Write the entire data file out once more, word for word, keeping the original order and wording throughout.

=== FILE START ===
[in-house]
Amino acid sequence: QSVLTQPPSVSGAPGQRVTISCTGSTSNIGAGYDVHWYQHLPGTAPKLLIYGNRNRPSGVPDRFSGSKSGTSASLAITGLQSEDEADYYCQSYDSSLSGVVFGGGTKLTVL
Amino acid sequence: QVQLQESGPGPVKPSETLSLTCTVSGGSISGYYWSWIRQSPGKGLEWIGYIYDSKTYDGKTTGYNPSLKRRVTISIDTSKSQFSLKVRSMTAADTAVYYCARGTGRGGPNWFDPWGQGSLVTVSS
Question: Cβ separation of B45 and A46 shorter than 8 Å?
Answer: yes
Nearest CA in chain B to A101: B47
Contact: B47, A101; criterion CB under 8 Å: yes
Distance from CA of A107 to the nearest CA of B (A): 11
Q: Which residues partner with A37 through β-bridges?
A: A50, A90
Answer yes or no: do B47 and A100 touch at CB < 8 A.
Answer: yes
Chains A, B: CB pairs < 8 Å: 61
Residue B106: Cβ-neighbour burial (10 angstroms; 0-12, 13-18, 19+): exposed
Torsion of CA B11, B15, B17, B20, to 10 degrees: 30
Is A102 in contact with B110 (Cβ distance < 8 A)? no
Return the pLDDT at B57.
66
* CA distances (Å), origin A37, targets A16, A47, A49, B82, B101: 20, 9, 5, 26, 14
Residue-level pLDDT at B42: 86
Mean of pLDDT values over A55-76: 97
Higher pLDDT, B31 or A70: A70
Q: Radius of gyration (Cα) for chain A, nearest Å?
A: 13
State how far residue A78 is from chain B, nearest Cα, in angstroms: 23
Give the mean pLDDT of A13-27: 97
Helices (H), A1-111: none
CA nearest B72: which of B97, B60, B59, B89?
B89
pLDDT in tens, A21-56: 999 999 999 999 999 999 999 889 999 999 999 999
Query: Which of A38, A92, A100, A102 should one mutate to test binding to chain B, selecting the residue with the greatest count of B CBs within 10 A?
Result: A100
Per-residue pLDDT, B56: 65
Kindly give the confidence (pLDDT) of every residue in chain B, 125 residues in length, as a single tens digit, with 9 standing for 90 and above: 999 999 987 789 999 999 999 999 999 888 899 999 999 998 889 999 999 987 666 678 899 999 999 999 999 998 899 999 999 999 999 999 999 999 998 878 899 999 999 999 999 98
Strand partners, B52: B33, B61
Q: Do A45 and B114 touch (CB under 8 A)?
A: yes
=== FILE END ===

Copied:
[in-house]
Amino acid sequence: QSVLTQPPSVSGAPGQRVTISCTGSTSNIGAGYDVHWYQHLPGTAPKLLIYGNRNRPSGVPDRFSGSKSGTSASLAITGLQSEDEADYYCQSYDSSLSGVVFGGGTKLTVL
Amino acid sequence: QVQLQESGPGPVKPSETLSLTCTVSGGSISGYYWSWIRQSPGKGLEWIGYIYDSKTYDGKTTGYNPSLKRRVTISIDTSKSQFSLKVRSMTAADTAVYYCARGTGRGGPNWFDPWGQGSLVTVSS
Question: Cβ separation of B45 and A46 shorter than 8 Å?
Answer: yes
Nearest CA in chain B to A101: B47
Contact: B47, A101; criterion CB under 8 Å: yes
Distance from CA of A107 to the nearest CA of B (A): 11
Q: Which residues partner with A37 through β-bridges?
A: A50, A90
Answer yes or no: do B47 and A100 touch at CB < 8 A.
Answer: yes
Chains A, B: CB pairs < 8 Å: 61
Residue B106: Cβ-neighbour burial (10 angstroms; 0-12, 13-18, 19+): exposed
Torsion of CA B11, B15, B17, B20, to 10 degrees: 30
Is A102 in contact with B110 (Cβ distance < 8 A)? no
Return the pLDDT at B57.
66
* CA distances (Å), origin A37, targets A16, A47, A49, B82, B101: 20, 9, 5, 26, 14
Residue-level pLDDT at B42: 86
Mean of pLDDT values over A55-76: 97
Higher pLDDT, B31 or A70: A70
Q: Radius of gyration (Cα) for chain A, nearest Å?
A: 13
State how far residue A78 is from chain B, nearest Cα, in angstroms: 23
Give the mean pLDDT of A13-27: 97
Helices (H), A1-111: none
CA nearest B72: which of B97, B60, B59, B89?
B89
pLDDT in tens, A21-56: 999 999 999 999 999 999 999 889 999 999 999 999
Query: Which of A38, A92, A100, A102 should one mutate to test binding to chain B, selecting the residue with the greatest count of B CBs within 10 A?
Result: A100
Per-residue pLDDT, B56: 65
Kindly give the confidence (pLDDT) of every residue in chain B, 125 residues in length, as a single tens digit, with 9 standing for 90 and above: 999 999 987 789 999 999 999 999 999 888 899 999 999 998 889 999 999 987 666 678 899 999 999 999 999 998 899 999 999 999 999 999 999 999 998 878 899 999 999 999 999 98
Strand partners, B52: B33, B61
Q: Do A45 and B114 touch (CB under 8 A)?
A: yes